The bright sparkle of this one-man comic extravaganza about the dizzying spell of celebrity is a welcome respite from the annual bombardment of holiday joyrides.
Buyer & Cellar, by Jonathan Tolins. Directed by Courtney O’Connor. Presented by Lyric Stage Company of Boston, 140 Clarendon Street, Boston, MA, through January 3, 2016.
By Robert Israel
Early on in Buyer & Cellar, struggling actor Alex More (played by the talented Phil Tayler) holds up an empty water tumbler. He stands center stage. Turning the tumbler upside down, he reminds us, “This is a work of fiction. It’s not real.”
He underscores this message as a protective ‘real world’ caveat, because the “famous talent” he is about to impersonate—none other than the mega-pop music star Barbra Streisand—is known to be more than a little “litigious.” He tells us that she has squashed many efforts to bowdlerize/dramatize her life and career in a series of highly publicized legal battles.
During a festive season when many, if not most, willingly abandon reality and disbelief to embrace age-old myths, Buyer & Cellar comes as a welcome theatrical treat. We seem to have no trouble suspending our disbelief and deriving lots of pleasure from images of Santa Claus with his rosy cheeks and bottles of Coca-Cola. So why not head over to the Lyric Stage, where we can go one giant fantasy step further and enjoy playwright Tolins’s farfetched story about how his character Alex More is (fictionally) hired by the diva to keep a watchful eye over the basement empire of her Malibu, California, home, where she houses her memorabilia and tchotchkes?
My reservation about the evening is not with its impish premise, but that the writing is heavy handed to the point that it sinks under its own campy weight. Tolins is overly indulgent when it comes to lavishing out details about what is housed in the glamorous bowels of Streisand’s Malibu home. Why not encourage us to use our imaginations and envisage her perfectly appointed storage facilities? Tolins chooses to club us on our collective noggins until we groan with fatigue: we never escape from the confines of Streisand’s stuff. There is no wriggle room, not even when More takes on the role of his boyfriend and we glimpse instances of their not-so domestic tranquility.
This play is all Streisand, all the time. And what a world she has created! As documented in a coffee table book she’s published, we learn that her estate—heavily gated and watched over by an extensive staff of attendants—is lavish. The grounds are breathtakingly described (naturally) and, once More heads downstairs to her basement lair, there are extensive descriptions of her opulent property, including mementos of her childhood in Brooklyn (as well as stories of her unhappy childhood). More details are shared. Descriptions coruscate from the actor’s lips. We listen until our ears are numbed.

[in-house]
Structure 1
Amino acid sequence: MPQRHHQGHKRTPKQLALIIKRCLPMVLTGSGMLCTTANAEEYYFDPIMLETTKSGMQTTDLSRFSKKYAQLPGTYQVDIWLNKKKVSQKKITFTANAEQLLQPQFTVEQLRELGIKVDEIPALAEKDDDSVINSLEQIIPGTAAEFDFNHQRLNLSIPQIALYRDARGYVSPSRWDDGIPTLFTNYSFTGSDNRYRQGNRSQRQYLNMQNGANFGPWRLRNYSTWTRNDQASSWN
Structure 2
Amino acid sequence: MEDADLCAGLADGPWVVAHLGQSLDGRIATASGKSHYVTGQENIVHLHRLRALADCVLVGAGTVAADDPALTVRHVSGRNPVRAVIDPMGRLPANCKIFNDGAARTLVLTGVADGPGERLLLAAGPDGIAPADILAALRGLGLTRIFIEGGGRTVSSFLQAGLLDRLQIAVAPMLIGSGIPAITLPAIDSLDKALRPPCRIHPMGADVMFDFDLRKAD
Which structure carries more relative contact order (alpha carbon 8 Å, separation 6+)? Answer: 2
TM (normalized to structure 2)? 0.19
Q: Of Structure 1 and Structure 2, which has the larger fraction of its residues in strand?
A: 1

More is being paid for his duties, dusting and chatting with Streisand during her occasional visits. He desperately needs the gig and, as a bonus, feels a “kind of rapture” hanging out in Streisand’s world. Yet even he comes to see that nirvana only lasts so long. At one point, More admits that “it was thrilling for a minute and then it got boring.” When he tells us he’s bored, well, he is speaking for some of us as well.
There is a wonderful comic exchange between More and Streisand; the actress haggles with him over the potential purchase price of a doll that she owns. Taylor’s comic timing is exquisite. But then the script repeats this kind of banter when Streisand returns and the bit wears thin.
This is where the realization that Buyer & Cellar is, at heart, a one-act rather than a full-length play would have helped. Bring out the scalpel and trim the verbose descriptions down to fighting weight. Give the audience time to digest the reams of opulence. Eliminate the all-too-frequent name dropping (Streisand’s films, songs, friendships, present and former husbands, as well as rumored and real dalliances with famous men). Cut down on the gratuitous mentions of More’s sexual couplings with his boyfriend (we hear when Alex gets lucky and when he doesn’t). Push the story away from its obsession with showbiz materialism and sprinkle in just enough tension so that the audience doesn’t become restless with the cataloguing. All of these excisions could be done without losing an iota of the hilarity and absurdity the script generates. In fact, it would make the play sharper, more entertaining. Less would be a benefit for More.
But let’s not look an alternative gift too closely in the mouth. As the year winds down and we find ourselves bombarded with high-octane holiday joyrides, the bright sparkle of this one-man extravaganza about the dizzying spell of celebrity is a welcome respite. There are plenty of laughs, provided you have the patience to wade through the wordiness. Like the fictional Christmas toy train that chugged in the now long-ago Jordan Marsh department store, Buyer & Cellar takes us to Streisand’s Enchanted Village. The catch is that, when too much time passes, gingerbread houses grow stale and crumble.
Robert Israel writes about theater, travel, and the arts, and is a member of Independent Reviewers of New England (IRNE). He can be reached at firstname.lastname@example.org.